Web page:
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The Department of Biomedicine

Cross-disciplinary study

Biomedical Image Sciences is a relatively new field of study. We have interviewed two students who have chosen this study track in the Master's Programme in Medical Biology.

Michael Quaye:

Why did you choose this study track?

I first did my bachelor in physics, then majored in medical physics. When I saw the imaging course, it seemed like a course I could make use of both medicine and physics, as well as many other things. There are a lot of possibilities inherent in this combination.

What is the most interesting aspect of it?

BMED360 – In vivo imaging and physiological modeling -  is a very interesting and challenging course. I used some of the digital tools from the course earlier in my studies, but back then I just handed my data over to the teachers and they would process the numbers into graphs and visualizations. Here, I learn how to do exactly that, and it’s very interesting. You get to know how to use data to highlight and visualize the aspects you want.

What kind of career path are you currently thinking about?

I feel like I’m increasing my area of competence all the time on this study track. With the tools I’ve learned to master and the knowledge I have from the courses, I can work with a great number of aspects. I’d like to work as a teacher of medical imaging techniques – perhaps in hospitals in my home country Ghana – if I get the chance.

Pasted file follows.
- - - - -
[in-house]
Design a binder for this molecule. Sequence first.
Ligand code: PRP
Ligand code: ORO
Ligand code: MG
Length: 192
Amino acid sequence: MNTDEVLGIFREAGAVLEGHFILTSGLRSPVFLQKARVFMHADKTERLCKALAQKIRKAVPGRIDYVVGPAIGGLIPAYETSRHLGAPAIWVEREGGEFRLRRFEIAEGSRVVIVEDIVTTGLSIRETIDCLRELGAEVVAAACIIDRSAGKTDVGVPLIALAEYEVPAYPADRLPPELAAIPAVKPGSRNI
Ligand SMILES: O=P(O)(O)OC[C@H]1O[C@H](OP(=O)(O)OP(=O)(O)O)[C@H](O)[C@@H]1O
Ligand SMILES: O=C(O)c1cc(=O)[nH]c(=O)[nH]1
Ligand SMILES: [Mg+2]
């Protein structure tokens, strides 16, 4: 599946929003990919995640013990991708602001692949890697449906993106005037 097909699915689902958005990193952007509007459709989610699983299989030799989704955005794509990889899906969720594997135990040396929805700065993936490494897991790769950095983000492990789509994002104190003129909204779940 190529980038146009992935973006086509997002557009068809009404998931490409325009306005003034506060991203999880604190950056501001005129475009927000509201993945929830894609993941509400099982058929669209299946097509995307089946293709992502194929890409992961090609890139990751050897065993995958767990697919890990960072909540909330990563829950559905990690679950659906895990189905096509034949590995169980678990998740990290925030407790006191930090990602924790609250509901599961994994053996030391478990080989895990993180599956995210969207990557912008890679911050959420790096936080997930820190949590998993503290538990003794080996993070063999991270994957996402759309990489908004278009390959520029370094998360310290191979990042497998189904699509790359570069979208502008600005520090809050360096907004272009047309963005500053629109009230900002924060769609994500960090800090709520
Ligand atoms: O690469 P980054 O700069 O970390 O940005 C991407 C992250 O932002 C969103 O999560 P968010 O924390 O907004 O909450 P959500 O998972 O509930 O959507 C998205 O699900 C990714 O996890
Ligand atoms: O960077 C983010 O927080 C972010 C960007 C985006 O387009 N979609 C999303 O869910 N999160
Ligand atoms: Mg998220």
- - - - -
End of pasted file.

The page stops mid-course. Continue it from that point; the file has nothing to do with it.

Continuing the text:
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Gerard Dwyer:

Why did you choose this study track?

I took a Bachelor in Biochemistry, and developed an interest in Neuroscience. The Biomedical Imaging Masters degree gives me an opportunity to learn about imaging techniques for investigating the brain. It also gives me the opportunity to diversify my knowledge base with some mathematics, physics and image processing techniques.

What is the most interesting aspect of it?

For me, I think it would be being able to build such a diverse knowledge base; learning some physics, some mathematics and some computer science. It enables you to approach biomedical problems from unique perspectives.

What kind of career path are you currently thinking about?

fMRI (Functional Magnetic Resonance Imaging) has become a really powerful tool for looking at neural activity in disease and aging, as well as the functional architecture in normal processes. I’m eager to explore the use of imaging techniques to find new approaches to basic as well as clinical research. Continuing with a PhD would be great!